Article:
The next complications is mastitis.
Mastitis is an inflammation of breast tissue caused by a blocked milk duct
or bacteria that makes its way into the breast tissue.
Clinical features include pain, lots of pain.
This is one of those characteristic tell-tell sign of mastitis.
Redness, heat from the area, temperature,
and we're speaking of maternal temperature at this point; a palpable mass, and engorgement.
What may help differentiate mastitis from typical engorgement?
Maybe, the unilateral nature of its presentation.
So in engorgement, most of the time, both breasts are enlarged;
with mastitis, all of these clinical features are limited to one breast
and that lets you know, that it's likely an infection that's the culprit.
Risk factors, milk stasis.
So any time there's an imbalance between the demand for milk and the supply of the milk,
there's a possibility of milk just sitting around
and that milk stasis can lead, will leave a perfect place for bacteria
to find its way and have a party right there.
Poor latch. So if the baby is not really latched on very well,
then one of the things that can happen is damage to the breast tissue
and that creates cracks and openings for the bacteria to make its way into the breast.
Nipple trauma is exactly what I'm talking about.
A history of mastitis, so someone who has previously had mastitis
during this postpartum period is at risk for developing mastitis again.
An ill-fitting bra, and an ill fitting bra actually contributes to mastitis
because you might get spots where the breast is not able to adequately emptied
or you have milk stasis because of the way that the bra sort of catches the breast tissue.
And then, poor nutrition, because poor nutrition can lead to infection of almost anything.
It decreases your ability to fight off infection and so that might be the culprit, as well.
When mastitis is diagnosed, it's typically done by assessment.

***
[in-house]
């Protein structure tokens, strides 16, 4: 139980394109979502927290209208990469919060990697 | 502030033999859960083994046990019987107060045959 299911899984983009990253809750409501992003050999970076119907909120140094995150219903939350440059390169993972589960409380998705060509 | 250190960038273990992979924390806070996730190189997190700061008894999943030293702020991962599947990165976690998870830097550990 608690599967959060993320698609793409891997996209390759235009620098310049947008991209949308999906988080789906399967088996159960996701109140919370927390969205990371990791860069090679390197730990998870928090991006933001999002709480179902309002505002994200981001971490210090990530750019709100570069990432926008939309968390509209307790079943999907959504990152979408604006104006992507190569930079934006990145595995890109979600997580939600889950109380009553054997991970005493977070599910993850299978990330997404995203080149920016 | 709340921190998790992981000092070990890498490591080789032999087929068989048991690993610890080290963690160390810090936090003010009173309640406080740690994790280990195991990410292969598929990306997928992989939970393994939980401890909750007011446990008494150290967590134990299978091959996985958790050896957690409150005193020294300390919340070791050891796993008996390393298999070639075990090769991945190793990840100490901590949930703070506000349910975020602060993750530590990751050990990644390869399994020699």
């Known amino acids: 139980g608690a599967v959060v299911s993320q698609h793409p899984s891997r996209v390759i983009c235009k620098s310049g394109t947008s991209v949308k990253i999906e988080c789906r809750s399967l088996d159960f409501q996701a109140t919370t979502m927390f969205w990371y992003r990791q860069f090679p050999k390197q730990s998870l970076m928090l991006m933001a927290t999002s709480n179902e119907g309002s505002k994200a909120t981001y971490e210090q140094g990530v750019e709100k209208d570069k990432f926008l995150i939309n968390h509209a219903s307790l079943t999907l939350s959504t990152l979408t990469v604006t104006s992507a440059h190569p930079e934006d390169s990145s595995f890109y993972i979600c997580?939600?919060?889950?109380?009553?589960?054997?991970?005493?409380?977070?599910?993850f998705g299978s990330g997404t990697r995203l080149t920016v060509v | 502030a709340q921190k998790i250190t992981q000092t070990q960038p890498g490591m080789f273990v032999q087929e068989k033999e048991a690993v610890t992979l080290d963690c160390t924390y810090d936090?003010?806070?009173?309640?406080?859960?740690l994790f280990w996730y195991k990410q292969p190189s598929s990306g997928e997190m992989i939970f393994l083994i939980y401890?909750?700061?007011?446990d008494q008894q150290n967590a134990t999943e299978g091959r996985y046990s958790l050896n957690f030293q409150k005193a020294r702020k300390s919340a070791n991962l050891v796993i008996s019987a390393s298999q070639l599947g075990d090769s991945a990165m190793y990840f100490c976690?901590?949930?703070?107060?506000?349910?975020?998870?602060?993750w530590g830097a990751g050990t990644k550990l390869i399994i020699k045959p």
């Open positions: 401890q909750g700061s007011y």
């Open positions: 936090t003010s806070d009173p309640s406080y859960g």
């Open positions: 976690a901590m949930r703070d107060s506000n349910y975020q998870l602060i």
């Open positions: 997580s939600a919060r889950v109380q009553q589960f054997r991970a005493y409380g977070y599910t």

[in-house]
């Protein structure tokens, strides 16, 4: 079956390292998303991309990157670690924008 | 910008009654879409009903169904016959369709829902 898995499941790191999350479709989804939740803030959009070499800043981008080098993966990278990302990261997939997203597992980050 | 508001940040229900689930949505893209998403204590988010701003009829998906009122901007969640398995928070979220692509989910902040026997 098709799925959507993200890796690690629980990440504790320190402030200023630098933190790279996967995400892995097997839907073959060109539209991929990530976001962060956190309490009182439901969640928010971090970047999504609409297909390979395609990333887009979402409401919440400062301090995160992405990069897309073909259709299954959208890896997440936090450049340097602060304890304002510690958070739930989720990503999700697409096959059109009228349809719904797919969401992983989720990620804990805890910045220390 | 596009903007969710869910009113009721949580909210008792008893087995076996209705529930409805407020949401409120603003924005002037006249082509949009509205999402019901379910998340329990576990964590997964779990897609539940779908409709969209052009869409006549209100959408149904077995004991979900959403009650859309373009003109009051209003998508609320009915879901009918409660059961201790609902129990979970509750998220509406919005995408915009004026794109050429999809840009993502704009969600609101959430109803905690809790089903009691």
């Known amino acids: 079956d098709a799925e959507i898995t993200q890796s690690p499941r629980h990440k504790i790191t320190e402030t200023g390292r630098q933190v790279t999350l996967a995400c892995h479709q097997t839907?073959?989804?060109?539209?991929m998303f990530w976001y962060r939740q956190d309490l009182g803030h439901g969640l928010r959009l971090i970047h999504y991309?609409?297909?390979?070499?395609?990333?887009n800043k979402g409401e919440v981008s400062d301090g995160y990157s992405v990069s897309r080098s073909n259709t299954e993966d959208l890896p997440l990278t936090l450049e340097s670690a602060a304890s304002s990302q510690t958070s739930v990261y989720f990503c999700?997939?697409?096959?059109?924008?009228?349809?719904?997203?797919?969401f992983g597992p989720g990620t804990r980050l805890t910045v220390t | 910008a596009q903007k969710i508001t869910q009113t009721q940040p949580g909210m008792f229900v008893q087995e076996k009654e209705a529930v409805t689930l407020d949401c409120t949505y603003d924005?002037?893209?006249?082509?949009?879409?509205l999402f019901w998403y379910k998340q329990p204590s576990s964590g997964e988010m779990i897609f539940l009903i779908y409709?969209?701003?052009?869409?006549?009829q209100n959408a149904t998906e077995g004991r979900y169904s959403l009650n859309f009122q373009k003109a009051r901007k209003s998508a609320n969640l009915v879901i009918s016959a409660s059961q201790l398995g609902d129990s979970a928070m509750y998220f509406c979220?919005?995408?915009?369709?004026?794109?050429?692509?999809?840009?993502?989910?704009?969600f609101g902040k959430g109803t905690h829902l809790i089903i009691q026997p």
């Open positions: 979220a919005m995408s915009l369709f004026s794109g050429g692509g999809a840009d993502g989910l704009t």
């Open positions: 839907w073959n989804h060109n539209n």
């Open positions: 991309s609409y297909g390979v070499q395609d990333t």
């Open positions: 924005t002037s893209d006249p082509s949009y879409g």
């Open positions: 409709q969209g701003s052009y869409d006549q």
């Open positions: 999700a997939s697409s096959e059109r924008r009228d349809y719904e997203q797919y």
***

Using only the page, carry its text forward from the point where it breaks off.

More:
So we use our wonderful palpation and observations skills to actually see the changes in the breast.
We also want to listen to the mother,
because they will tell us about the pain and the discomfort, that's there as well.
We also want to go back to signs of infection which includes temperature.
So having a slight elevation in temperature like a 100.4 or less, that might be normal.
With mastitis, however, the temperature goes way up, 102,
might be more typical of a mastitis infection.
And, also, an elevated white blood cell count
indicating that there's an infectious process in order.
So what does the nurse do to help alleviate mastitis?
First of all, we want to encourage more frequent, feedings.
Now it may seem counterintuitive to suggest that someone actually breastfeed
from a breast that's full of bacteria.
Well, that bacteria probably either came from the baby's mouth or somewhere else
and it's perfectly fine for them to drink it.
Actually, there are enzymes and acids on the stomach that will break down that bacteria,
so make sure you talk to the patient about that so they won't be scared to breastfeed.
We've got to get the milk out in order to begin to cure the mastitis.
The patient will likely receive an order for antibiotics.
They need to complete the entire course to make sure that the infection is gone.
Next, since we know that one of the reasons why mastitis happens is because of poor latch.
We need to ensure that the client has received good instruction about proper positioning,
and how to be supported during the breastfeeding process.
Washing hands cures all infections, mastitis is no exception,
so make sure that the client knows they need to wash their hands
before every episode of breastfeeding.
We may also monitor for signs of worsening infection by checking the white blood cell count,
so if that's ordered, look up those results.
And also, we know that mastitis can actually transition into an abscess
which can actually transition to sepsis, really quickly.
So if the client is not getting better despite doing all those other things,
then we need to have them come back in.